March 17 (Bloomberg) -- New York state paid 996 employees more last year than Governor Andrew Cuomo’s base salary of $179,000, according to a compilation of payroll data by the Empire Center for New York State Policy in Albany.
Most of those who earned more than the governor work in the 83 campuses and three hospitals of the state and city university systems, which aren’t under the governor’s direct control. The employment information collected by Empire, a group that advocates less government spending, doesn’t include the cost of pensions or other benefits.
Cuomo, a Democrat who announced a voluntary 5 percent pay cut for himself and top staff soon after he took office this year, is seeking $450 million of labor savings from about 130,000 workers he does oversee to help close a $10 billion budget gap. Union contracts expire March 31, and Cuomo’s budget calls for 9,800 dismissals if there is no cost-cutting deal.
With pay averaging $100,552, the New York State Police had the highest average earnings among executive-branch agencies, the report said.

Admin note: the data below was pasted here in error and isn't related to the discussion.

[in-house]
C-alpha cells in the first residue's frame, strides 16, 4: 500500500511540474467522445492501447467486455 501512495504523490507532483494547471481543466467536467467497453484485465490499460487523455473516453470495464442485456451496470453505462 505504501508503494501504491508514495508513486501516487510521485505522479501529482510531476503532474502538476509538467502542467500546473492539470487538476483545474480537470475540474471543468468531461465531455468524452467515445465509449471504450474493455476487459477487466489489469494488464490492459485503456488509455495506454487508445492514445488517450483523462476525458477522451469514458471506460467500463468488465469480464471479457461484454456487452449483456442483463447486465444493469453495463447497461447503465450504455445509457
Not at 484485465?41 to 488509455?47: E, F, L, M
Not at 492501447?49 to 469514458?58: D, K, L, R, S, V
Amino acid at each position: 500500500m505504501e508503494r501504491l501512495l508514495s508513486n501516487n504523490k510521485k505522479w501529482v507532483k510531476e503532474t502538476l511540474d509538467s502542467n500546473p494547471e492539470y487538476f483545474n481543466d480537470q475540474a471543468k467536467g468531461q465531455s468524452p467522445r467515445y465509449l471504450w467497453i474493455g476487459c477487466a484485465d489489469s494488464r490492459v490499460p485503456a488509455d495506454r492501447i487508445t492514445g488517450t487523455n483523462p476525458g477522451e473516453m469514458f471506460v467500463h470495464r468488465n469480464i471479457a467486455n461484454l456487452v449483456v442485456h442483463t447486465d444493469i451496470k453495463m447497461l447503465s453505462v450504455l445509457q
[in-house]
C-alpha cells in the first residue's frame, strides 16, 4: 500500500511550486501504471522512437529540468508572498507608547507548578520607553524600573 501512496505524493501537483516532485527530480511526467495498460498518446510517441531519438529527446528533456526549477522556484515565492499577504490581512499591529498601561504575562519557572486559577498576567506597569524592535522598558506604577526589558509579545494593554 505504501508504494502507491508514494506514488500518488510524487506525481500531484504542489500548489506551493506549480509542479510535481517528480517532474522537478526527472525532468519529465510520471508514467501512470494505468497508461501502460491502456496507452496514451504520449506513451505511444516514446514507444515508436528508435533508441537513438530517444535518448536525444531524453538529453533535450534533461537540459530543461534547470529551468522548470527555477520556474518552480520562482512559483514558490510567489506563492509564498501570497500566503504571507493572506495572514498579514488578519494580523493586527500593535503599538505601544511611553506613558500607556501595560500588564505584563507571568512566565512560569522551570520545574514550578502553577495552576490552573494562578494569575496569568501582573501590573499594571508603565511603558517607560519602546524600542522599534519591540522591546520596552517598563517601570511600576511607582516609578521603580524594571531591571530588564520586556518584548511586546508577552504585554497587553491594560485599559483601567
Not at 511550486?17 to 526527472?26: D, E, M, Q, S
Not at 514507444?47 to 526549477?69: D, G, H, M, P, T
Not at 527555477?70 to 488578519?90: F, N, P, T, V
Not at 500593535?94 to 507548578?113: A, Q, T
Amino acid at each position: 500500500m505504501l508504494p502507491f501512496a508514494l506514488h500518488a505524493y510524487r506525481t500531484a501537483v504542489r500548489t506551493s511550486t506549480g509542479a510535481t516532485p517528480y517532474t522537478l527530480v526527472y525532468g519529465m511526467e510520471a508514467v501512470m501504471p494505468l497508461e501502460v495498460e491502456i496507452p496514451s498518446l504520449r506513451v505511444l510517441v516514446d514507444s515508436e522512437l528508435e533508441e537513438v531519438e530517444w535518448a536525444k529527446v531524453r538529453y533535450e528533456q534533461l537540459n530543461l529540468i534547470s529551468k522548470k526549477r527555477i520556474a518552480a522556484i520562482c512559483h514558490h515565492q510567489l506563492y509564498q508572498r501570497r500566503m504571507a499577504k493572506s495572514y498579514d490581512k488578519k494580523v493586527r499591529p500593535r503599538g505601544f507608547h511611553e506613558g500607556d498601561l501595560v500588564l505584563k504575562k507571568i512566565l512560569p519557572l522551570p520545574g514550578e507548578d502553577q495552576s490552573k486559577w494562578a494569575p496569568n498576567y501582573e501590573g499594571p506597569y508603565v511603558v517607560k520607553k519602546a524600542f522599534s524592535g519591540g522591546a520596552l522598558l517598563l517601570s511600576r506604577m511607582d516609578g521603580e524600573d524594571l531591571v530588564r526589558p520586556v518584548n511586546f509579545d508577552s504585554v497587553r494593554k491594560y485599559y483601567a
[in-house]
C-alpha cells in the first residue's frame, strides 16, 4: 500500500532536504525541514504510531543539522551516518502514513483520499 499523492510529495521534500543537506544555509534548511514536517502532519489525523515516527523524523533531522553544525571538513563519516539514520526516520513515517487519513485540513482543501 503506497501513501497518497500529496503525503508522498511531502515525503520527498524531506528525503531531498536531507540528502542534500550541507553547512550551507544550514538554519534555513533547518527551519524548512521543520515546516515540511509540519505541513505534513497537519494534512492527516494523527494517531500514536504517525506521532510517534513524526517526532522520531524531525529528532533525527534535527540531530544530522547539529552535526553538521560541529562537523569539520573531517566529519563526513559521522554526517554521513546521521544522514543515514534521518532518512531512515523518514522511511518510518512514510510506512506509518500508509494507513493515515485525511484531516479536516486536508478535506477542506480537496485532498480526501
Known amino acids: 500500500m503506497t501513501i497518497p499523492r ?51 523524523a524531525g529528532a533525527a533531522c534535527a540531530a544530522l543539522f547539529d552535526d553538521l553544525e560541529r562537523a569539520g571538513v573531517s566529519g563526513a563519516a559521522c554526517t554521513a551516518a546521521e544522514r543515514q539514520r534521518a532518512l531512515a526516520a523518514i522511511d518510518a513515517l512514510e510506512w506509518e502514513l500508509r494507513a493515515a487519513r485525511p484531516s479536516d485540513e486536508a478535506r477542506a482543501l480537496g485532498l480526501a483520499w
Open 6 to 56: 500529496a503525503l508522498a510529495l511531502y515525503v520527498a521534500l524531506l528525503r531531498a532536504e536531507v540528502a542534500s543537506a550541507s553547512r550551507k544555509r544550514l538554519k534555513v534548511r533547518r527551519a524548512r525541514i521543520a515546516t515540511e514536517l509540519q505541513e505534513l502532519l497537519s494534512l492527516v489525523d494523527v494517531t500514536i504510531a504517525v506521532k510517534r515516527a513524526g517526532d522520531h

The highest paid worker outside of the state or city university systems, at number 127, was Raudline Etienne, chief investment officer of New York’s $140.6 billion pension fund. Etienne, who was paid $285,063, was previously a managing director at RogersCasey, a Darien, Connecticut-based adviser to pension and retirement plans.
The highest pay, $1.03 million, went to Kevin Broadus, former men’s basketball coach at the State University of New York at Binghamton, after he and the school agreed to end his contract. An investigation led by former New York Chief Judge Judith Kaye found the school’s athletic and other departments were giving preferential treatment to athletes.
The number of state workers paid more than $175,000 rose by 96, or about 10 percent, from 2009, even though Governor David Paterson had a declared a hiring freeze and announced layoffs of 900 workers before his term ended Dec. 31.
Cuomo’s $132.5 billion budget calls for $206.4 million of cuts in state aid to higher education and $134.8 million to the state university hospitals. He wants lawmakers to approve a $175,000 ceiling on pay for superintendents at the state’s 700 school districts. The salaries are now set by locally elected school boards.
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